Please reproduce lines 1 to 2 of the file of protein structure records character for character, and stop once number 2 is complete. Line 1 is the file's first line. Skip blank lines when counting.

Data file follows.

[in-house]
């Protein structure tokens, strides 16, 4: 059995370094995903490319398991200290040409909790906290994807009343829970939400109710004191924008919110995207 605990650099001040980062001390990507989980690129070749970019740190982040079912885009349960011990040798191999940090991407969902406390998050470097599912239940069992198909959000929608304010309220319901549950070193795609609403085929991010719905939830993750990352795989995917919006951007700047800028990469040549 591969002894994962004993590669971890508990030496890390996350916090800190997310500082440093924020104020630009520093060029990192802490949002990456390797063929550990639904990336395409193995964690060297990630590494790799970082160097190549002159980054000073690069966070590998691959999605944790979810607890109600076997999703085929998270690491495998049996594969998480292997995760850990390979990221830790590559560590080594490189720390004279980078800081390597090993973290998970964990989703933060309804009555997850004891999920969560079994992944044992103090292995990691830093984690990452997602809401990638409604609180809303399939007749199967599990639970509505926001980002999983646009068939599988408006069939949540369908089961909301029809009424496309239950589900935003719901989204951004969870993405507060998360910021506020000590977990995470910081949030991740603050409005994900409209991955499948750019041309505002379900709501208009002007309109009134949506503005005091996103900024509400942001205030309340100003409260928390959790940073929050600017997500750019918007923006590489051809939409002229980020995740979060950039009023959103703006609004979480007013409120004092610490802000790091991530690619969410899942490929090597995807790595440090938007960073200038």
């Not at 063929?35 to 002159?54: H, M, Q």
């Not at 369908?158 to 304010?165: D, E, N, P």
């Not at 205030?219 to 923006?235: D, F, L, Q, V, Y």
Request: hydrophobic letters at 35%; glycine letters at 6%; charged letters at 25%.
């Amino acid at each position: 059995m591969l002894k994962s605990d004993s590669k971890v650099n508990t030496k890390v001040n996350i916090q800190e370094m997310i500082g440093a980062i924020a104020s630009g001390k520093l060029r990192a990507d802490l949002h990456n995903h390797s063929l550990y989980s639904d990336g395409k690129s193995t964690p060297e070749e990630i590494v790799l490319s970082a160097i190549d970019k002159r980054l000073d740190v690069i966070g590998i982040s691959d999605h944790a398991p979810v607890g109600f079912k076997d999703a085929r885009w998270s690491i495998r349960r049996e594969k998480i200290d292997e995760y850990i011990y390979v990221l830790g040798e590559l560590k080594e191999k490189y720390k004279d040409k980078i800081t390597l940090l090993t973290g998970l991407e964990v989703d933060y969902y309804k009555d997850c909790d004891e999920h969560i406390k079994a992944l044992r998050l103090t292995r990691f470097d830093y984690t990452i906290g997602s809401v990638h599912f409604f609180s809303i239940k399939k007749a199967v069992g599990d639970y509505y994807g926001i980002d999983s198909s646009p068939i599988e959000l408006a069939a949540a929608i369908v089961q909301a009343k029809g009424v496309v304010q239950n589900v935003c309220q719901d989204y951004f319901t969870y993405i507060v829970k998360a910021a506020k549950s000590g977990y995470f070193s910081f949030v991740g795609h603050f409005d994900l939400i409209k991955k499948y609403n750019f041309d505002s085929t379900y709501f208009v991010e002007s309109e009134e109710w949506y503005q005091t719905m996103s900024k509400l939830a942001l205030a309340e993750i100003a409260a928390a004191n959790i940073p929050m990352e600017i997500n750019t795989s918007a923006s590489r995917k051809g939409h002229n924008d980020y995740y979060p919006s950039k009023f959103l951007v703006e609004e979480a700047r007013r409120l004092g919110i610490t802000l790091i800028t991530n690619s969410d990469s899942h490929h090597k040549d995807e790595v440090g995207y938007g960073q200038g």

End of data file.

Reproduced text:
[in-house]
């Protein structure tokens, strides 16, 4: 059995370094995903490319398991200290040409909790906290994807009343829970939400109710004191924008919110995207 605990650099001040980062001390990507989980690129070749970019740190982040079912885009349960011990040798191999940090991407969902406390998050470097599912239940069992198909959000929608304010309220319901549950070193795609609403085929991010719905939830993750990352795989995917919006951007700047800028990469040549 591969002894994962004993590669971890508990030496890390996350916090800190997310500082440093924020104020630009520093060029990192802490949002990456390797063929550990639904990336395409193995964690060297990630590494790799970082160097190549002159980054000073690069966070590998691959999605944790979810607890109600076997999703085929998270690491495998049996594969998480292997995760850990390979990221830790590559560590080594490189720390004279980078800081390597090993973290998970964990989703933060309804009555997850004891999920969560079994992944044992103090292995990691830093984690990452997602809401990638409604609180809303399939007749199967599990639970509505926001980002999983646009068939599988408006069939949540369908089961909301029809009424496309239950589900935003719901989204951004969870993405507060998360910021506020000590977990995470910081949030991740603050409005994900409209991955499948750019041309505002379900709501208009002007309109009134949506503005005091996103900024509400942001205030309340100003409260928390959790940073929050600017997500750019918007923006590489051809939409002229980020995740979060950039009023959103703006609004979480007013409120004092610490802000790091991530690619969410899942490929090597995807790595440090938007960073200038």